Doing Psychology In Unsettled Times
Reflections From Pioneering Women In Psychology
I entered the discipline of psychology in an era of cultural, social, and political upheavals – the dramatic uptake of feminism, campus opposition to US involvement in Vietnam, and mobilization for racial justice and civil rights. Women’s presence was not welcome in the academy. As a junior professor, I studied gendered power relations and women’s experiences of inequitable treatment – issues curtly dismissed by mainstream psychologists as unscientific. Colleagues in Feminist Studies introduced me to the 1980s “turn to language” and to critical science studies. Collaborative endeavors in Sweden, the UK, Norway, and Sri Lanka led me to question the quantitative imperative of US psychology and the presumption that Western-centric ways of being were universal. With the editorial team of Feminism & Psychology and as coauthor of Making a Difference, Gender and Culture in Psychology, and Doing Interview-Based Qualitative Research, I worked with colleagues to put forward alternate ways of doing psychology.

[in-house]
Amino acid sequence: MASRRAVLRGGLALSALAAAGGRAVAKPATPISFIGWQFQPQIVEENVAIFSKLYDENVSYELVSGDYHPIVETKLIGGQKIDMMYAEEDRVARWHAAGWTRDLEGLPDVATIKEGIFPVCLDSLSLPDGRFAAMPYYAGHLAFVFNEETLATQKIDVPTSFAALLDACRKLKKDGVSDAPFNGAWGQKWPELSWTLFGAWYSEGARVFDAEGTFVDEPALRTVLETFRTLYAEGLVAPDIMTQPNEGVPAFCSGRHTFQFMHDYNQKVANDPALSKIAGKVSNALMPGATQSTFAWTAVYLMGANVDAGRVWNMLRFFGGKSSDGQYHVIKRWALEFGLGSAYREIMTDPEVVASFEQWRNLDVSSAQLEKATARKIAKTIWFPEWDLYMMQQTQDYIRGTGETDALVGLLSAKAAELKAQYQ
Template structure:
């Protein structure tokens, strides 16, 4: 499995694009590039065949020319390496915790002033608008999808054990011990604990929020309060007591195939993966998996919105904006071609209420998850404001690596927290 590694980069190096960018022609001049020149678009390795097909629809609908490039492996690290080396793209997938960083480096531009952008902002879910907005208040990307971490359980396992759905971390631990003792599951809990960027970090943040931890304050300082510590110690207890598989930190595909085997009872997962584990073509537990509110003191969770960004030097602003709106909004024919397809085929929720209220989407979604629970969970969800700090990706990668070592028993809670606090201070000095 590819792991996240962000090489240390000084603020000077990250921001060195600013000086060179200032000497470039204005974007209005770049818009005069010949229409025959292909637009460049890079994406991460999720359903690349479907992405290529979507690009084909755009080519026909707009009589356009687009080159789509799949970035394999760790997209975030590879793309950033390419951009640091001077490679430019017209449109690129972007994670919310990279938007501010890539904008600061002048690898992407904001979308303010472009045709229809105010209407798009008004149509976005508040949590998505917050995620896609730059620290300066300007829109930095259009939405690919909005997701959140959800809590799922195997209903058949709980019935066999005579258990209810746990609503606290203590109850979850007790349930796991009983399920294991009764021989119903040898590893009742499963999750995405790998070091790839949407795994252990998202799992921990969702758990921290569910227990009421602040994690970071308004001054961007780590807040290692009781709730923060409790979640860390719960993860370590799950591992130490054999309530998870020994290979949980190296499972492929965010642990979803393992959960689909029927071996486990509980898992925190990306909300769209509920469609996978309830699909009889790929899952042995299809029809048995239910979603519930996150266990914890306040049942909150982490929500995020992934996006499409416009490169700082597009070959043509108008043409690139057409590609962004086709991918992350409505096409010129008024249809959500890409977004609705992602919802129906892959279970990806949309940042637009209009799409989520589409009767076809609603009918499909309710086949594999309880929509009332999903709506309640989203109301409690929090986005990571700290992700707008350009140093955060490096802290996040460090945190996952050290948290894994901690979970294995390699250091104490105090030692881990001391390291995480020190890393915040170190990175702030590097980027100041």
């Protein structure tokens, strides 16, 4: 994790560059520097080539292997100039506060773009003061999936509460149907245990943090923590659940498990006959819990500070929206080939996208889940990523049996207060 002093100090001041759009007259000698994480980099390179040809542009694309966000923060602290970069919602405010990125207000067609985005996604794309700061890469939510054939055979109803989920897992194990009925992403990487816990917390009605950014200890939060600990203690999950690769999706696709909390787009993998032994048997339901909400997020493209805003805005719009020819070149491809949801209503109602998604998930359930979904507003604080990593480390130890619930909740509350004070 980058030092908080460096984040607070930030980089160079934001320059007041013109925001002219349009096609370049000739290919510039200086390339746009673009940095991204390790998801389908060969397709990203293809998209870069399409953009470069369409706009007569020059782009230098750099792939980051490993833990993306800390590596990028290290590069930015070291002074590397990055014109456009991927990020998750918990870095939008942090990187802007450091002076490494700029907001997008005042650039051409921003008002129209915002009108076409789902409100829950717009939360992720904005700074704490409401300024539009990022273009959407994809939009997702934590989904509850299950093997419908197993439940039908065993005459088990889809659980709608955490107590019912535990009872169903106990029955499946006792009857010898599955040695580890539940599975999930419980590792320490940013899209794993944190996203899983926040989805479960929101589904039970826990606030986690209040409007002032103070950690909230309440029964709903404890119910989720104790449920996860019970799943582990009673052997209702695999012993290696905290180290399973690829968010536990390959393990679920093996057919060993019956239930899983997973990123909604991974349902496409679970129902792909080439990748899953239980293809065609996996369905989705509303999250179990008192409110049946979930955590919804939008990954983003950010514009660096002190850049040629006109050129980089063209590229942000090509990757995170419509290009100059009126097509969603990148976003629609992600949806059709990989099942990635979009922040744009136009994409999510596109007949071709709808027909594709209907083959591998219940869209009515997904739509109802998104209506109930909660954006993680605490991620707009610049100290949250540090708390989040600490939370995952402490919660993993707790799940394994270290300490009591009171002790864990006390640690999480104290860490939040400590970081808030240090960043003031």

Cambridge University Press
J. Bookwala and N. J. Newton
"Doing Psychology In Unsettled Times".
Reflections From Pioneering Women In Psychology.
This material has been published in Reflections From Pioneering Women In Psychology, edited by Jamila Bookwala and Nicky J. Newton. This version is free to view and download for private research and study only. Not for re-distribution or re-use. © Cambridge University Press 2022.